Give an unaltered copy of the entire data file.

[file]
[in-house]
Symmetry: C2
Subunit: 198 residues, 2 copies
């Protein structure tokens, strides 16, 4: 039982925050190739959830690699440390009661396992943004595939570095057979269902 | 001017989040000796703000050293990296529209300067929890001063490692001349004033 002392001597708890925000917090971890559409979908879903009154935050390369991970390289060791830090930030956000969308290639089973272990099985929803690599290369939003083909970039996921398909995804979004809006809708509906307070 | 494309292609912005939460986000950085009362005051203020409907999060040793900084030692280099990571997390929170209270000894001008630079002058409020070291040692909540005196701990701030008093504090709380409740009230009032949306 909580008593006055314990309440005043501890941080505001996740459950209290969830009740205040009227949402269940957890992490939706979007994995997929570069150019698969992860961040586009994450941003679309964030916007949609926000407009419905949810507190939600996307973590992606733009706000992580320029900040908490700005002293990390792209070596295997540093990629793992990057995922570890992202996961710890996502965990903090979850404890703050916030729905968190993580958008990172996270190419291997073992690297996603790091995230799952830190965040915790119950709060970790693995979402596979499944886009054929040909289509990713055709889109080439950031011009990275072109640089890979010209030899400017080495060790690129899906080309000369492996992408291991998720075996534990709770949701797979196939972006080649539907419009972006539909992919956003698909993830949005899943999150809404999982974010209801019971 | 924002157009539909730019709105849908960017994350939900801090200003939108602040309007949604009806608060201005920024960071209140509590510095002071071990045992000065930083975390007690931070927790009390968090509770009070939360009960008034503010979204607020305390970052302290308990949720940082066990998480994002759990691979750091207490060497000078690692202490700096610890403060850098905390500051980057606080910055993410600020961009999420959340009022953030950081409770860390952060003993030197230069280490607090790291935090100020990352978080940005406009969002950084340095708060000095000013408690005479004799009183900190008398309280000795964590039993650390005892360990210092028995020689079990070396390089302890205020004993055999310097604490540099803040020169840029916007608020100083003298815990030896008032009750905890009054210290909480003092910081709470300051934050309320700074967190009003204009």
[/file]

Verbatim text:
[in-house]
Symmetry: C2
Subunit: 198 residues, 2 copies
């Protein structure tokens, strides 16, 4: 039982925050190739959830690699440390009661396992943004595939570095057979269902 | 001017989040000796703000050293990296529209300067929890001063490692001349004033 002392001597708890925000917090971890559409979908879903009154935050390369991970390289060791830090930030956000969308290639089973272990099985929803690599290369939003083909970039996921398909995804979004809006809708509906307070 | 494309292609912005939460986000950085009362005051203020409907999060040793900084030692280099990571997390929170209270000894001008630079002058409020070291040692909540005196701990701030008093504090709380409740009230009032949306 909580008593006055314990309440005043501890941080505001996740459950209290969830009740205040009227949402269940957890992490939706979007994995997929570069150019698969992860961040586009994450941003679309964030916007949609926000407009419905949810507190939600996307973590992606733009706000992580320029900040908490700005002293990390792209070596295997540093990629793992990057995922570890992202996961710890996502965990903090979850404890703050916030729905968190993580958008990172996270190419291997073992690297996603790091995230799952830190965040915790119950709060970790693995979402596979499944886009054929040909289509990713055709889109080439950031011009990275072109640089890979010209030899400017080495060790690129899906080309000369492996992408291991998720075996534990709770949701797979196939972006080649539907419009972006539909992919956003698909993830949005899943999150809404999982974010209801019971 | 924002157009539909730019709105849908960017994350939900801090200003939108602040309007949604009806608060201005920024960071209140509590510095002071071990045992000065930083975390007690931070927790009390968090509770009070939360009960008034503010979204607020305390970052302290308990949720940082066990998480994002759990691979750091207490060497000078690692202490700096610890403060850098905390500051980057606080910055993410600020961009999420959340009022953030950081409770860390952060003993030197230069280490607090790291935090100020990352978080940005406009969002950084340095708060000095000013408690005479004799009183900190008398309280000795964590039993650390005892360990210092028995020689079990070396390089302890205020004993055999310097604490540099803040020169840029916007608020100083003298815990030896008032009750905890009054210290909480003092910081709470300051934050309320700074967190009003204009």